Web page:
[cfe-dev] Need Feedback on this very preliminary code that implements a portion of generic lambdas.

Faisal Vali faisalv at gmail.com
Mon May 13 22:25:07 PDT 2013

First off, this patch is far from ready for committing - it does not include
enough tests - includes commented out code - and even some dead
code. I shall try to address all those issues in the future - but for now
I just wanted to put this out there for some early feedback (before I go
 any deeper down a rabbit hole I need not have crawled into)

The patch implements the following (an incomplete list):
  - converting auto parameters to template parameters and creating a
    function call operator template
    - It does this by replacing the typesourceinfo of the parameter -
      Should I avoid doing this? Is there a way to transform the auto
      into a template type parameter, so that it subsequently behaves
      as a template type parameter, but remembers that it was
      once an auto (for error messages only, right?)
  - it makes TransformLambdaExpr and InstantiateFunctionDefinition
    generic lambda aware (to allow for transformation of nested lambdas)
    so that the
  - Regarding capturing for generic lambdas:
    1) A generic lambda (nested or not) will only have its captures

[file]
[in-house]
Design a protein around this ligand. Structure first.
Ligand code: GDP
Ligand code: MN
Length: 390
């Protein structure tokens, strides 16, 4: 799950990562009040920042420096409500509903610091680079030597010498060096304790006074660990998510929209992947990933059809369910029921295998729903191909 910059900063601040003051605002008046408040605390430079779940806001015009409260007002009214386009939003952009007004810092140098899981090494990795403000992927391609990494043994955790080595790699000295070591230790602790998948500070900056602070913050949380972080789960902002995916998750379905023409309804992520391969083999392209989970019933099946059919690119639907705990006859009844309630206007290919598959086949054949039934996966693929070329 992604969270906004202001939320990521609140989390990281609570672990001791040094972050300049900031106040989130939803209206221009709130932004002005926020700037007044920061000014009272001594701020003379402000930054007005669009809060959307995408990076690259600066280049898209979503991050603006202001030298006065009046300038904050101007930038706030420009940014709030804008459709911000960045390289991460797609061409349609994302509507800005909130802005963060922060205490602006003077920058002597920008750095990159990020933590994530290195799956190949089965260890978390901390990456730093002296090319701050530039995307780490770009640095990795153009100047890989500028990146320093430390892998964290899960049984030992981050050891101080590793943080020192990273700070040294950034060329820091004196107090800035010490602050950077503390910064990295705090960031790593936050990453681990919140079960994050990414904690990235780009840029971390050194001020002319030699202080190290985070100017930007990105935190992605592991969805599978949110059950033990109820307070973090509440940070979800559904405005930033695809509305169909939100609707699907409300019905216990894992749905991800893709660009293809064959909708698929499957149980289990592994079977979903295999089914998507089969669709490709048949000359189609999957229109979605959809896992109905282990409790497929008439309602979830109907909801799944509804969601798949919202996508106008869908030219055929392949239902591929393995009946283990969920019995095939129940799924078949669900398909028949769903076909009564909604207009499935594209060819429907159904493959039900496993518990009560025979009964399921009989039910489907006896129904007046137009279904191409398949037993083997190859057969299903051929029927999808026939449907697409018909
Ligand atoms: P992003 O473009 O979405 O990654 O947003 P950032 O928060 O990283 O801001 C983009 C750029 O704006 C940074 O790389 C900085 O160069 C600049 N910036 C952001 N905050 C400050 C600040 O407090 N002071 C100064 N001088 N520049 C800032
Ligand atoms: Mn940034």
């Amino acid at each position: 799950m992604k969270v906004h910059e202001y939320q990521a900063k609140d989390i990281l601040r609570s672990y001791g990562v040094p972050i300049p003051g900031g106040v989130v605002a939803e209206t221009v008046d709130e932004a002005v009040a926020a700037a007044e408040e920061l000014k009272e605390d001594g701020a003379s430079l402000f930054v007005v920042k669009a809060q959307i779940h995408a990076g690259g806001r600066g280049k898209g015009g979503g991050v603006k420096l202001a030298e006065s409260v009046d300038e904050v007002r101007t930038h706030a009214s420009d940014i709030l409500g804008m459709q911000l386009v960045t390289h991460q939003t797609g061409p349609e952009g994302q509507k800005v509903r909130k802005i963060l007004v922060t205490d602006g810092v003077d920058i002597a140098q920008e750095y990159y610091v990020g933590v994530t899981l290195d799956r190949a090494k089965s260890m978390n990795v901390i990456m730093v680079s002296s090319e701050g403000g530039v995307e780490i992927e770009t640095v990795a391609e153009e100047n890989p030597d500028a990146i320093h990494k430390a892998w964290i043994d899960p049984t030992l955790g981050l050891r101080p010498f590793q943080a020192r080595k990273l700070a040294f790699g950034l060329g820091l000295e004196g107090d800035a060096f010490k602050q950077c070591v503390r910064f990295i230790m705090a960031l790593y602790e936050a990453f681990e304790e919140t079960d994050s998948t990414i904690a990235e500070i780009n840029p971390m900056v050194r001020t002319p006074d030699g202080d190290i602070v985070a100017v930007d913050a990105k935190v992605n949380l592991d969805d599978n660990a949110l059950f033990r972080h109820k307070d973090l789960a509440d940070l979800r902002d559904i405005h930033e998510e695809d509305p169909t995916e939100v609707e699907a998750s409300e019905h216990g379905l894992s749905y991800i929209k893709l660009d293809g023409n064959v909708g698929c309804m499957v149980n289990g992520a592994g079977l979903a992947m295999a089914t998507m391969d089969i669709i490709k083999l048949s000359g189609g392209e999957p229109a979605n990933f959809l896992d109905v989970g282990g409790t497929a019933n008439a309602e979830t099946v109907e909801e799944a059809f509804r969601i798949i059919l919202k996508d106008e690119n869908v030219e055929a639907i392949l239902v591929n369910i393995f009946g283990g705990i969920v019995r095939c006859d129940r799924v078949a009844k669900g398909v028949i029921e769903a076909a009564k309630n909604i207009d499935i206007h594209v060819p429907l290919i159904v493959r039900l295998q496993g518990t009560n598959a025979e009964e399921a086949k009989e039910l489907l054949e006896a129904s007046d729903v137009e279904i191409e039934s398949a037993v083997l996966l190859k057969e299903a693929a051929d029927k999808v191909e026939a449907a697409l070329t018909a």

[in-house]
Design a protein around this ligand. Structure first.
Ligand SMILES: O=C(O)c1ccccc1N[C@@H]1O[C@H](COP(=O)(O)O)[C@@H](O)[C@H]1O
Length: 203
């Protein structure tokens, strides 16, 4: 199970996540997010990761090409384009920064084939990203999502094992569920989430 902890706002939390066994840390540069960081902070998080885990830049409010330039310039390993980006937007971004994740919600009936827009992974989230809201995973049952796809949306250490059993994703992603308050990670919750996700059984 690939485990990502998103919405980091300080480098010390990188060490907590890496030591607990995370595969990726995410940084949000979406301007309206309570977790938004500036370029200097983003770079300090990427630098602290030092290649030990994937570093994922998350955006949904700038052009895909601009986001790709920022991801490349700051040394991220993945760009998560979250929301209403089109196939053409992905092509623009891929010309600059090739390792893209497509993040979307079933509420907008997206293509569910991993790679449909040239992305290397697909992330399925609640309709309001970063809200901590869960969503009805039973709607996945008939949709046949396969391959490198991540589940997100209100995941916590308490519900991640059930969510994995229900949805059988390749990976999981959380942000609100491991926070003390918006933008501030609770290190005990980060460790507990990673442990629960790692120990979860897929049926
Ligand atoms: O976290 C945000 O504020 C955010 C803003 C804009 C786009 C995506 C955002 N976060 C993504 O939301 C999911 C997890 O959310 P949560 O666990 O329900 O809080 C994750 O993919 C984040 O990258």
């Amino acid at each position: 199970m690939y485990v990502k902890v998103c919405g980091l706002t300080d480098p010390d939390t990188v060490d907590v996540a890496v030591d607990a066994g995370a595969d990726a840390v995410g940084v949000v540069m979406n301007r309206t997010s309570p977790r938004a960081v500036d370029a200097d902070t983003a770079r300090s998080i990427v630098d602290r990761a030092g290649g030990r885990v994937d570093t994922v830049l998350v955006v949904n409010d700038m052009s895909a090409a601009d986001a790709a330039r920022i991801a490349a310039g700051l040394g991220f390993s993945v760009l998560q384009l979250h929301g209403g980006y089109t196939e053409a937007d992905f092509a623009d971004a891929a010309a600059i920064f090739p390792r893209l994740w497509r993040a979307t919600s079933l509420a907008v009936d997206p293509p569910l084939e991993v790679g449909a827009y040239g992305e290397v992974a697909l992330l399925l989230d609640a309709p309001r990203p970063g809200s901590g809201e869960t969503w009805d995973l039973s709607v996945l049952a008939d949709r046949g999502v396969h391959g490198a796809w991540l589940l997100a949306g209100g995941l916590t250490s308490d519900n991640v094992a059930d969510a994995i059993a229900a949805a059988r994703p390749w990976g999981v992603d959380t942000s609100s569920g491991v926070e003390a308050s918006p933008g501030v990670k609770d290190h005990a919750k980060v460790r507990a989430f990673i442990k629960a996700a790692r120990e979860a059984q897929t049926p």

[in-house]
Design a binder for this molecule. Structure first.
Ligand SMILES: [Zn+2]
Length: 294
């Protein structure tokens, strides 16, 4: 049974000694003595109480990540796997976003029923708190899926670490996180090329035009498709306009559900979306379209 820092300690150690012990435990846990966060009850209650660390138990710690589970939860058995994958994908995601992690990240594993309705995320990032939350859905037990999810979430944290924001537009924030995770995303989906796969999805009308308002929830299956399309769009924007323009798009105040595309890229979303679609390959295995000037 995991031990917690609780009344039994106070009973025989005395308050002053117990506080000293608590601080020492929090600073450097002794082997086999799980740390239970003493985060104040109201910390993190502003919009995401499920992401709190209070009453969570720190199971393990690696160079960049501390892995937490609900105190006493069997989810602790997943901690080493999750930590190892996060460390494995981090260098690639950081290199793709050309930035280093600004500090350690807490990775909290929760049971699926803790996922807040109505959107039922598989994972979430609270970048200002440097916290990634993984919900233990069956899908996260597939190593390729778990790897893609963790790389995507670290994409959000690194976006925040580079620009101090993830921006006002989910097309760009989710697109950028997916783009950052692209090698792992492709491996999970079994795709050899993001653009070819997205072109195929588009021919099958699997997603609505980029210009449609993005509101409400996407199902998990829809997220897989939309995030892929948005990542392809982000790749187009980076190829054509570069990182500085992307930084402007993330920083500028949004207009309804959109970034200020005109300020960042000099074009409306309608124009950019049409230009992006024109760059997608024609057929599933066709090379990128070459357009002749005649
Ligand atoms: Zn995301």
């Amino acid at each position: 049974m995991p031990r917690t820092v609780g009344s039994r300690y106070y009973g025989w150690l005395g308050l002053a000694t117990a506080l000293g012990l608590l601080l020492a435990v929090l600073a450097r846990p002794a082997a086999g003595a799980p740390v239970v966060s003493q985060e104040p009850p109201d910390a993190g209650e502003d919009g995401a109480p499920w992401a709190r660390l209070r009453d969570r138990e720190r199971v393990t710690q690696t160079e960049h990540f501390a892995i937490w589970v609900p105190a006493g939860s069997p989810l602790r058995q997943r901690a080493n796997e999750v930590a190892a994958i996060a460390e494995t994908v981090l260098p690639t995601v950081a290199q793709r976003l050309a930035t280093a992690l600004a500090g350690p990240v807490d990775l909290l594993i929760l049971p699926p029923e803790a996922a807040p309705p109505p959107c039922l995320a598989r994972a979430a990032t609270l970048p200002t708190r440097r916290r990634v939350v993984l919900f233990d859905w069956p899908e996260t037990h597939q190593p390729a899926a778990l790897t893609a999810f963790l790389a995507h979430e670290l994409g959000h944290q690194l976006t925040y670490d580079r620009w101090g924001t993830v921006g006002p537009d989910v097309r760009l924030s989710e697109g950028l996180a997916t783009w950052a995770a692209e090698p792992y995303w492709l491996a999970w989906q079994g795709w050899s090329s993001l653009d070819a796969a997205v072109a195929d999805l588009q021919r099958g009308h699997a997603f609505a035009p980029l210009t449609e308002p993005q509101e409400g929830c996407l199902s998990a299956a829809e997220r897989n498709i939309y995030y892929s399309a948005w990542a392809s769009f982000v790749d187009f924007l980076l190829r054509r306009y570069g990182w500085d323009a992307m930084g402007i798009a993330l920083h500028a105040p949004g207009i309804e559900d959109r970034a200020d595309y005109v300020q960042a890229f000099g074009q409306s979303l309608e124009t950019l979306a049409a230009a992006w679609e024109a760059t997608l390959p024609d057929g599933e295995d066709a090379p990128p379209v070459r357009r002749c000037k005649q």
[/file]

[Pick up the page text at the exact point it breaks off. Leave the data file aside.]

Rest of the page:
computed/finalized when its enclosing context is non-dependent
       (and if an empty capture list, then no captures).
    2) When a generic lambda is invoked (i.e a specialization is
       any variable from an outer scope that is odr-used, but not already
       captured by the lambda expression, results in an arror.
    3) If an outer lambda that is enclosed in a non-dependent context,
       can't tell whether an inner lambda (with an implicit capture)
       or a tree of inner lambdas (all with implicit captures)
       might need to capture the variable for some
       instantiation of that inner lambda, the outer lambda will
       capture that variable (if it has a capture default).
         - this is implemented by hooking into ActOnCallExpr
           (is it enough to assume that the only cases where an inner
             lambda might potentially need to capture a variable is
             if it is used in a dependent function call (ctor, operator)
             of the inner lambda, in a non-unevaluated context?)
         - Within ActOnCallExpr, I dig into each argument, and as
           long as they are not in an unevaluated context (currently
           I only check for sizeof), and are from a scope outside